St. Pete's Museum of Fine Arts executive director resigns

St. Petersburg's fine arts destination will search nationally for a new executive director.


Dr. Kent Lydecker, director of St. Petersburg's Museum of Fine Arts (MFA), has resigned for health reasons, following heart surgery earlier this year.

Lydecker, 66, has led the MFA for the past six years. Under his leadership, the MFA not only improved its physical appearance, its collection grew more varied. Lydecker also improved community outreach during his tenure and expanded educational programming, including making sure all Pinellas tweens visited the MFA as part of their middle school curriculum.

Lydecker, the fifth director in as many decades, also oversaw the successful 50 Artworks for 50 Years campaign, which raised more money for art acquisition than expected. For that campaign, the museum raised enough money to add over 140 new pieces to its permanent collection.

“It has been an extraordinary privilege for me to lead the MFA during this important period of its history,” Dr. Lydecker said in a press release. “I feel very fortunate to have had the opportunity to work with such a talented staff and engaged Board, and I thank them for their support.”

Board Chair Mark T. Mahaffey lauded Lydecker's achievements.

"The Board and I thank Kent for his outstanding service and leadership, and we look forward to Kent’s continuing involvement in the MFA community in the years to come,” said Mahaffey.

On a wider scale, Lydecker's counterpart in Tampa expressed sadness and understanding at Lydecker's departure, but also hope that his community-centric inroads will continue.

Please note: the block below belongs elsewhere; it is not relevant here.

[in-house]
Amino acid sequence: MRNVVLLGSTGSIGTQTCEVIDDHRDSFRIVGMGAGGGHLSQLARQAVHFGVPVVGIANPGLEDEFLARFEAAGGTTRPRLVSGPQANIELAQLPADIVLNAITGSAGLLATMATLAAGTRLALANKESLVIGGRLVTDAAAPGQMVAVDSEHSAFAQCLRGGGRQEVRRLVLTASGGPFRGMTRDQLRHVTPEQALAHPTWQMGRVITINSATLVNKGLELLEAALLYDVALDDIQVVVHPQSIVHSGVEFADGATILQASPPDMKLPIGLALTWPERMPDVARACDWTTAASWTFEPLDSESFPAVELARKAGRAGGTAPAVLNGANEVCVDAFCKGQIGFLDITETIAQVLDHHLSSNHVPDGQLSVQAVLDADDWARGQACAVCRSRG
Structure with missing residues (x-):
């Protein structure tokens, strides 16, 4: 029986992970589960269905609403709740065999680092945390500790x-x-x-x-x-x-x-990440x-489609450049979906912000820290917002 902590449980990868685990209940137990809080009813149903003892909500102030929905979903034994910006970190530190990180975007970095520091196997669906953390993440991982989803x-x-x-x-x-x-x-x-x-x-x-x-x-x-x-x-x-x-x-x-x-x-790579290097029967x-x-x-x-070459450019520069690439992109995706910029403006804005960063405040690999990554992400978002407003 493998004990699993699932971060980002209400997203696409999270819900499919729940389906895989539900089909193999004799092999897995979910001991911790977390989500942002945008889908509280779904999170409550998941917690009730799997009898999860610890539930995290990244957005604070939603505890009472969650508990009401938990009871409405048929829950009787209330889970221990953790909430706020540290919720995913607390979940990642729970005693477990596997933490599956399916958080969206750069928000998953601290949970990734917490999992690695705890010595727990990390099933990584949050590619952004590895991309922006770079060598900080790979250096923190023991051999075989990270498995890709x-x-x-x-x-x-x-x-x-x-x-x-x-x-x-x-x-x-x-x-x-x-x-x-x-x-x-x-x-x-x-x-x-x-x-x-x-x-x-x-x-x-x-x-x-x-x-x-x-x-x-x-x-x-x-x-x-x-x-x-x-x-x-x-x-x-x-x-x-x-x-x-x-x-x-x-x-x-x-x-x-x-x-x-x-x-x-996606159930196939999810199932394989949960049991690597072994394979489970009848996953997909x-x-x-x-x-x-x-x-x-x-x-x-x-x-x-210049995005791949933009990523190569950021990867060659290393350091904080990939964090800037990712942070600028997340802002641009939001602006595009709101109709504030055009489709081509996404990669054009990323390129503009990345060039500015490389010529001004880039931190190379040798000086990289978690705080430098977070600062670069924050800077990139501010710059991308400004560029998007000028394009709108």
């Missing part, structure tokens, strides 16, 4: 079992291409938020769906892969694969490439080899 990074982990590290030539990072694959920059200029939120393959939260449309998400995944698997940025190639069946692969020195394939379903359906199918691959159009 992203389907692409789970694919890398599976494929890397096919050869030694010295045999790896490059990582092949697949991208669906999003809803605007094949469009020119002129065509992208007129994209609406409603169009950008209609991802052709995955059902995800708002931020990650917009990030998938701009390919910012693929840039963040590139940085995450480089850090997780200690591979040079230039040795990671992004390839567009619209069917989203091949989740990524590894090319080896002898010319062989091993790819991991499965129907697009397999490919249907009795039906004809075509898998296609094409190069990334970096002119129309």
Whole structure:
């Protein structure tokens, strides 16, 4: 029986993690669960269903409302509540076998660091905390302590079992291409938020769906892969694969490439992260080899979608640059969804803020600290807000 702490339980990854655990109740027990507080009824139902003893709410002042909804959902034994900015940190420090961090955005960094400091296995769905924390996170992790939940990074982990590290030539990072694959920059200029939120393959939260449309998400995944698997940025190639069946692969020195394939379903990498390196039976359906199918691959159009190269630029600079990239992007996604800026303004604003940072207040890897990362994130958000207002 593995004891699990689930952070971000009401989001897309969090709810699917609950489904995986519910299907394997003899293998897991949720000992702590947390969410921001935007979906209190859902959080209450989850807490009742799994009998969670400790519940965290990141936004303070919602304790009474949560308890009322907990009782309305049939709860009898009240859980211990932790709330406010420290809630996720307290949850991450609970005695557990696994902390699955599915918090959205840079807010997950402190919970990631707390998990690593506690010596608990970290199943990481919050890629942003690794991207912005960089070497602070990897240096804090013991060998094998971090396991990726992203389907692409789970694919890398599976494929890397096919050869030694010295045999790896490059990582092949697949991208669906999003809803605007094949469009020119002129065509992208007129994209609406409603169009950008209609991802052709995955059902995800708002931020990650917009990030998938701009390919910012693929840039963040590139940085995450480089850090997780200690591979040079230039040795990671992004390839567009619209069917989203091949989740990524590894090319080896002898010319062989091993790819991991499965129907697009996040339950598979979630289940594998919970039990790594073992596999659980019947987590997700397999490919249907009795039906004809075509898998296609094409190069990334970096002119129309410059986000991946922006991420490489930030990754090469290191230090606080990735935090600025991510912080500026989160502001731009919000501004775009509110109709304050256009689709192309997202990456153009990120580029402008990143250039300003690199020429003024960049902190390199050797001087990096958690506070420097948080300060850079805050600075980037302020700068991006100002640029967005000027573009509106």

"Kent is terrific and I'll miss him as a colleague," said Dr. Michael Tomor, executive director of the Tampa Museum of Art. "He had great common sensibilities to what I was interested in doing, which is community and partnership interests."

The two museums collaborated under Lydecker's watch, including the 2014 contemporary Chinese art exhibit, My Generation, a shared, curated experience between the MFA and the Tampa Museum of Art. The two museums also partner on Bridging the Bay, an annual program that alternates between both museums.

"I certainly was interested in continuing that, and I hope for the same [in the future],“ Tomor said.

The museum has named chief curator Dr. Jerry Smith as interim executive director. A committee, overseen by the museum's board of trustees, will hire a recruiting firm to do a national search for Lydecker's replacement. Lydecker said, via a press release, he will help "counsel" both Smith and the museum as they look for his replacement.

“We will work to ensure that we identify the best candidate to build on our considerable strengths and keep the MFA moving forward,” Mahaffey said.

“The Board is gratified to have someone of Jerry’s caliber to step into the role of interim executive director,” Mr. Mahaffey noted. “Jerry and the MFA staff are poised to continue the positive momentum the Museum has achieved in recent years under Kent’s leadership.”

Smith joined the MFA in October 2015 after over a decade at  the Phoenix Art Museum.

“We have the strong support of our members and community and an exciting calendar of future events and exhibitions,” he said in a press release Tuesday afternoon.


About The Author

Cathy Salustri

Cathy's portfolio includes pieces for Visit Florida, USA Today and regional and local press. In 2016, UPF published Backroads of Paradise, her travel narrative about retracing the WPA-era Florida driving tours that was featured in The New York Times. Cathy speaks about Florida history for the Osher Lifelong Learning...
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